|Africa News Digest
Intense Battle Against Marburg Virus Continues in Angola
The intense battle against Marburg virus continues in Angola. Even while the Angolan government briefly claimed April 17 that the Marburg outbreak is "under control" and an AP wire of April 23 claimed that the World Health Organization (WHO) saw the outbreak as "coming under control," an intense battle to contain the deadly disease is continuing. According to a WHO update of April 22, "WHO is optimistic that the outbreak can be controlled if present activities continue with sufficient vigor."
Probably the most honest assessment available was that of WHO spokesman David Daigle April 18, when he told Reuters, "We haven't contained it. We haven't broken the transmission cycle. We are still finding cases.... We are quite terrified that this could still really take off. It could spread very quickly in Uige or it could spread to somewhere like Luanda."
Dr. Michael Ryan, WHO's top outbreak specialist, speaking from Geneva by conference call April 23, said, "[T]his is the most critical time now in the response. Continuing and intensifying the effort is what we need to do now, not relax."
WHO had asked the community of nations for $3.5 million. Angola has so far actually received $1 million from donor governments.
A team of 28 newly trained, volunteer Angolan health professionals arrived in Uige April 21.
The WHO team has made several humane adjustments in its routines, such as allowing one patient's relative, fitted with a bioprotective suit, to visit the sick. This is paying off. "Traditional leaders are coming to the office to report suspected cases or dead bodies. It was not like that two weeks ago," according to Dr. Nestor Ndayimiridje, WHO's team leader for the outbreak in Angola.
U.S. Intelligence: France, U.K. in Retreat from Africa
A report from U.S. National Intelligence Council (NIC) suggests that France and Great Britain will probably continue to disengage gradually from Africa, and India and China will be increasingly active there over the next 15 years, according to Malayala Manorama (India) April 15. The NIC report, which is not otherwise identified, says that India "has a strategic interest in the Indian Ocean. Indeed, it is more likely that India will have a foreign policy toward the Indian Ocean littoral than to[ward] Africa in general, as evidenced by the development of the IBSA (India, Brazil, and South Africa) forum." China's interest, it says, is in raw materials; its only political interest is in fighting diplomatic recognition of the Republic of China (Taiwan). Africa has responded positively to China's interest, according to the NIC report. The NIC is a thinktank of all 15 U.S. intelligence agencies.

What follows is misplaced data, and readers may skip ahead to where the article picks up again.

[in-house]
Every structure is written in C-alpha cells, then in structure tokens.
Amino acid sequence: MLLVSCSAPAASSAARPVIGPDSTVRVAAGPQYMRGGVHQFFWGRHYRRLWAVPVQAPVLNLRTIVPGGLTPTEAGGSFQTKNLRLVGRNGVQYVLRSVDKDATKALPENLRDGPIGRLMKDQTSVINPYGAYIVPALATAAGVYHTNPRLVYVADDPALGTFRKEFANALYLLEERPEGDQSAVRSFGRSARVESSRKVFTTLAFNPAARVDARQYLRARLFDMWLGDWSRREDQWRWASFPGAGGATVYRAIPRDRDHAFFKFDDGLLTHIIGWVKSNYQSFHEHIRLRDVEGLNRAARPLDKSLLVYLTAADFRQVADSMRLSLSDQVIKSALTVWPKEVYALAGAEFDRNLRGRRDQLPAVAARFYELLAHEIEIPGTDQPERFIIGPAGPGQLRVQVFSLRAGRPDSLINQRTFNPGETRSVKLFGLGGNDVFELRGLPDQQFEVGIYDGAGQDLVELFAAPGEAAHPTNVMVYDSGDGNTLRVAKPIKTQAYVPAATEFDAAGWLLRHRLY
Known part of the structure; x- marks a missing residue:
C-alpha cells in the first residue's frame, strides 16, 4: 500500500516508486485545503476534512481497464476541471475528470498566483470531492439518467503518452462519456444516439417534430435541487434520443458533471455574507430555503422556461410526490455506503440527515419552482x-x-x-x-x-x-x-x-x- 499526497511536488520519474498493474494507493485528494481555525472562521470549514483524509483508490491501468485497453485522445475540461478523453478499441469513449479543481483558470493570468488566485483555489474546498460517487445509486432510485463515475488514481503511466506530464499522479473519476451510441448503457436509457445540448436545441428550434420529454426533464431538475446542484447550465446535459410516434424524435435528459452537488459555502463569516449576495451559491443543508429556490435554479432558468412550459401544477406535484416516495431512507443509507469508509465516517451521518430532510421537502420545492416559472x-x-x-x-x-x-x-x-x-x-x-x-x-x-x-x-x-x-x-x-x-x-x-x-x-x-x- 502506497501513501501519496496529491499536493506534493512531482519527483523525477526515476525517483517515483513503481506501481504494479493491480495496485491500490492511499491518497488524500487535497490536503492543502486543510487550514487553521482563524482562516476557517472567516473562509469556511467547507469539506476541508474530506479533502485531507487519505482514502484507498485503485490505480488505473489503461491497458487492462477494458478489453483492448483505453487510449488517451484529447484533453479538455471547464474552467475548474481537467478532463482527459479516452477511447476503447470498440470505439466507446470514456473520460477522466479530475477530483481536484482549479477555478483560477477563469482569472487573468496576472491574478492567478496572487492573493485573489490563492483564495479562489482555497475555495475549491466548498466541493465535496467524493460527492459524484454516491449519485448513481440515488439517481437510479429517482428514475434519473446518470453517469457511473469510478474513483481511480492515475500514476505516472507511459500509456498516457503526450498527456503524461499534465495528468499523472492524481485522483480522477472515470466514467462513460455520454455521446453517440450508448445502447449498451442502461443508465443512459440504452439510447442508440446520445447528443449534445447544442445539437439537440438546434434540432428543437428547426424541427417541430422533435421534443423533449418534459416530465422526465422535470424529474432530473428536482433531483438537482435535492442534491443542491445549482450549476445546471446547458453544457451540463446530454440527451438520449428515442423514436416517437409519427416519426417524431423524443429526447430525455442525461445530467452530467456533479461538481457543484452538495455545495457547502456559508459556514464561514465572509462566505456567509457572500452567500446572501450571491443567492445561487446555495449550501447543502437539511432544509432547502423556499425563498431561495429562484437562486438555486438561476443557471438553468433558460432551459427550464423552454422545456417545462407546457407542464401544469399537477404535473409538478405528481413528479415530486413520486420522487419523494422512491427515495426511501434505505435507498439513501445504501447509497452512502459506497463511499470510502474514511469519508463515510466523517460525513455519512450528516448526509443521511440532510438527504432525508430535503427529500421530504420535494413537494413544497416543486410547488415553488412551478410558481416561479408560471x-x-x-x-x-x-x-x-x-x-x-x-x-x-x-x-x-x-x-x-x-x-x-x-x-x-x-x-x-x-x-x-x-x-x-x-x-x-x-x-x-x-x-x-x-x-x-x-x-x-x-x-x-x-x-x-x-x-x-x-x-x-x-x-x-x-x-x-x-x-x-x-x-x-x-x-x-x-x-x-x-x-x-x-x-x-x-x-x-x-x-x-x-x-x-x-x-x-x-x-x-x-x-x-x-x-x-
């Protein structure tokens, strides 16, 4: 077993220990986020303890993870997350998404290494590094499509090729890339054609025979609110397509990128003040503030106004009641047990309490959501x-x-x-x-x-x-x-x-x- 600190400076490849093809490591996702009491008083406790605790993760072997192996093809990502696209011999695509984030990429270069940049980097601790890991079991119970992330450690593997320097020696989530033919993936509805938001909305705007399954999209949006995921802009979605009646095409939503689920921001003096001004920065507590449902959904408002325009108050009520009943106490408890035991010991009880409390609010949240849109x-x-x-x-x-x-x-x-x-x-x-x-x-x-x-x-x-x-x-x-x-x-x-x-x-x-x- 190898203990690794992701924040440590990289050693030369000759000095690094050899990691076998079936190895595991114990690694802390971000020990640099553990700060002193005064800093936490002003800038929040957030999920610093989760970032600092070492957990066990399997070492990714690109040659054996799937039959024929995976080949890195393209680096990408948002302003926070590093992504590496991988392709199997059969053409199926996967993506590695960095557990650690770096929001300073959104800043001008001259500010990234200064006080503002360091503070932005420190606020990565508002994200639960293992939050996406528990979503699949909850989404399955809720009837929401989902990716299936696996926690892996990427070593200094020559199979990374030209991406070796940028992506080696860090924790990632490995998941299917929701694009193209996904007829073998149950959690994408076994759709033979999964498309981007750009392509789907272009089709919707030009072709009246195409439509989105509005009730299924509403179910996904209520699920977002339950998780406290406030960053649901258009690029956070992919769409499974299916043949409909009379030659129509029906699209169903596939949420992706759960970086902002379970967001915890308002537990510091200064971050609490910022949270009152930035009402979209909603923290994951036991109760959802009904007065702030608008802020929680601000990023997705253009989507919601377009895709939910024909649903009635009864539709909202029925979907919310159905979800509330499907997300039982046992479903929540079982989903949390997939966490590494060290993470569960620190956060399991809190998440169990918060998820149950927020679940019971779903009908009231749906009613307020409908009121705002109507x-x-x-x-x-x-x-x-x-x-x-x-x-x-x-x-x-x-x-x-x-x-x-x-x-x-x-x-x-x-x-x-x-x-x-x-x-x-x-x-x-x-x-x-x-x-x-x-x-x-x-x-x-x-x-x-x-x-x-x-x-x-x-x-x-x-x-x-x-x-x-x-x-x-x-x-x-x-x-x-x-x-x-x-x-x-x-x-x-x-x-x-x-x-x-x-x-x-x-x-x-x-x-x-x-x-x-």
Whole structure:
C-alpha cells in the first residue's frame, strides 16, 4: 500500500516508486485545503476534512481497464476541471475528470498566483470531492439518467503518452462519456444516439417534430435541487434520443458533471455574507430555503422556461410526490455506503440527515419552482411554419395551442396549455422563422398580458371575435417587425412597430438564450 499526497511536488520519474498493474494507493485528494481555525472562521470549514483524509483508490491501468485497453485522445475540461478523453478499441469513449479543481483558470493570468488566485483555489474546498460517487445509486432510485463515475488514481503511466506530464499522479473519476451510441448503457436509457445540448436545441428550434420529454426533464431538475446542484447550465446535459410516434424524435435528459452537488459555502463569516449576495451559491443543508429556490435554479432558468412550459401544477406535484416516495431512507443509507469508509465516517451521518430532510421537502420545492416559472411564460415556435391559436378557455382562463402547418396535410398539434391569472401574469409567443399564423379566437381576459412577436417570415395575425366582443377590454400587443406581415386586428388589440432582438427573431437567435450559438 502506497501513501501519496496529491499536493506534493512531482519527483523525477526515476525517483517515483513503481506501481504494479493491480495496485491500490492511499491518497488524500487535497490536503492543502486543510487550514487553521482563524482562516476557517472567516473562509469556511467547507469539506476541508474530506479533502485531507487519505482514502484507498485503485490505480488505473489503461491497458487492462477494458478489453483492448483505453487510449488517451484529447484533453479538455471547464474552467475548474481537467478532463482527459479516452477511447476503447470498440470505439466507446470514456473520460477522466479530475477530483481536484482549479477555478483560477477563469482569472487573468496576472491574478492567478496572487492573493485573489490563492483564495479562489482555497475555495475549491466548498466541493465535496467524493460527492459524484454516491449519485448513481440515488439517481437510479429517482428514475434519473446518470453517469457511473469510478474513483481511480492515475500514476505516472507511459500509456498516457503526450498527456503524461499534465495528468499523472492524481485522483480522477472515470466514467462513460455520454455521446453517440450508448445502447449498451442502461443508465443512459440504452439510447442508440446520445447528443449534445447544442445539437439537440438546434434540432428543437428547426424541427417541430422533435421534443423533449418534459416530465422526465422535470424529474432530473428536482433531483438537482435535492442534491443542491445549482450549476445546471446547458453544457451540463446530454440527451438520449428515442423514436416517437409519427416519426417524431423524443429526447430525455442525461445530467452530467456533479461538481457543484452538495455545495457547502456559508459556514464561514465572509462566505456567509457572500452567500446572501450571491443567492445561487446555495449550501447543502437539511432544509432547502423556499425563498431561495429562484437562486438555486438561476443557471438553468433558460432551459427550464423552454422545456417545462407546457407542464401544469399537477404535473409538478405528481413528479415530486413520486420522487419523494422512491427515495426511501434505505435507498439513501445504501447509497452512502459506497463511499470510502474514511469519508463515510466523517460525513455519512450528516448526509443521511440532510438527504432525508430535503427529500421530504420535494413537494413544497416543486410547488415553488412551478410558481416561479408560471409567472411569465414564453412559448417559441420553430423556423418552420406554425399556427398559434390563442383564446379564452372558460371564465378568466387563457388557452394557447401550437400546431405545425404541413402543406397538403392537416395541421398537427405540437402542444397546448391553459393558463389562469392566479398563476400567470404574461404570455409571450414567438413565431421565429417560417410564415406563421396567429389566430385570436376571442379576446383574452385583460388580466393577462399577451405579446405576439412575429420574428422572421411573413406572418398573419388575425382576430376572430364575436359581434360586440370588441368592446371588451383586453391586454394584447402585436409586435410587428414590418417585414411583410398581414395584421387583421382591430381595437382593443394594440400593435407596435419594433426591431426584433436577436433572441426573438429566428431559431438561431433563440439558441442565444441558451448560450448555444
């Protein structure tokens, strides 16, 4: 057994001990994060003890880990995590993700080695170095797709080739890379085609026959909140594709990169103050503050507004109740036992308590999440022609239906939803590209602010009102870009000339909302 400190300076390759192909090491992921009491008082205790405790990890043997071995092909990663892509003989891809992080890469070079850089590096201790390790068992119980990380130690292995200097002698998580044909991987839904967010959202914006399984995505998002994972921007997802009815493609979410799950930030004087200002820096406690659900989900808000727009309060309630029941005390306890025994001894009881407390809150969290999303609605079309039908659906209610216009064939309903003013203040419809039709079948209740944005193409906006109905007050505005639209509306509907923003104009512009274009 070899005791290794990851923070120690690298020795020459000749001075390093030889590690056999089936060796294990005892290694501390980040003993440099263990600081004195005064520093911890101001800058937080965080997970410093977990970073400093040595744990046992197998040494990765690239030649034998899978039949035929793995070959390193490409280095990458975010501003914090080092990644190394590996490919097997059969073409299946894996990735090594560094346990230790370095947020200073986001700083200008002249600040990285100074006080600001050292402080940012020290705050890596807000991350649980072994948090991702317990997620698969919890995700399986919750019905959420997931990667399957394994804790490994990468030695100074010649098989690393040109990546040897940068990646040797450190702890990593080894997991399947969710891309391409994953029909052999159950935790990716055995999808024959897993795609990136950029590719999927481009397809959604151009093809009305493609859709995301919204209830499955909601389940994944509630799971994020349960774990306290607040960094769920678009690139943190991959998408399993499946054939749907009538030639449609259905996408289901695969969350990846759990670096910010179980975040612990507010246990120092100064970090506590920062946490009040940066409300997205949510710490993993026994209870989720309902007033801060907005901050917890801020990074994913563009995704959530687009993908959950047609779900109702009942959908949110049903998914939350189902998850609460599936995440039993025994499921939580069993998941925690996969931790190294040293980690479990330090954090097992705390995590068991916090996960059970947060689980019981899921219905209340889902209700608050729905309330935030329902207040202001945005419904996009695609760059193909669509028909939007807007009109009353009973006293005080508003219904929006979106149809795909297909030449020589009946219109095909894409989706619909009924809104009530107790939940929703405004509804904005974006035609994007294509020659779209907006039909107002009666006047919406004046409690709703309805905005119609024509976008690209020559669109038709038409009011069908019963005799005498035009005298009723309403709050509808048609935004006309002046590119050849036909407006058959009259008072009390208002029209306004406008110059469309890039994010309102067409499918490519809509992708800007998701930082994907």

Bush Administration Africa Specialist Unhinged Over Question from LaRouche Rep
Dr. Cindy Courville, a Special Assistant to the President and Senior Director for Africa Affairs for the National Security Council, lost her composure when LaRouche movement representative Larry Freeman punctured her lying account of the Africa continent, in a seminar for invited guests in the Rayburn House Office Building April 14.
Courville, formerly of the Defense Department, said that under President Bush, "political stability" was sweeping across Africa; Ivory Coast, Sierra Leone, Nigeria, and Democratic Republic of the Congo, were all achieving political "stability," she said. The sole exceptions were Sudan and Zimbabwe, where, despite U.S. antipathy to these allegedly undemocratic regimes, there would be no American "boots on the ground" to bring about regime change; but Courville would not rule out U.S. support for regime change accomplished by others.
Free trade and investment is the Bush policy, she said, because direct aid has not and will not work (she claimed), stating unequivocally that there would be no "Marshall Plan" for Africa.
For African nations to sit at the table with the "grown-ups" (the Western bankers and commodity cartels?), Courville said, they had to be accountable and stop acting like children. She told the audience of African activists that China was Africa's new "colonial master."
While many in the audience were shocked at this arrogant and ignorant presentation, the controlled environment was not broken until Freeman spoke.
Freeman said Courville seemed to be speaking of a different continent. Noting the current crisis in several West African countriesthe unacceptable mortality rates and the spread of AIDShe focussed on the policy of economic genocide still going on today in Congo, whose stability Courville had earlier praised as a Bush "accomplishment." Freeman concluded, "Dr. Courville, how would the Bush policy of free trade and accountability do anything but continue the genocide?"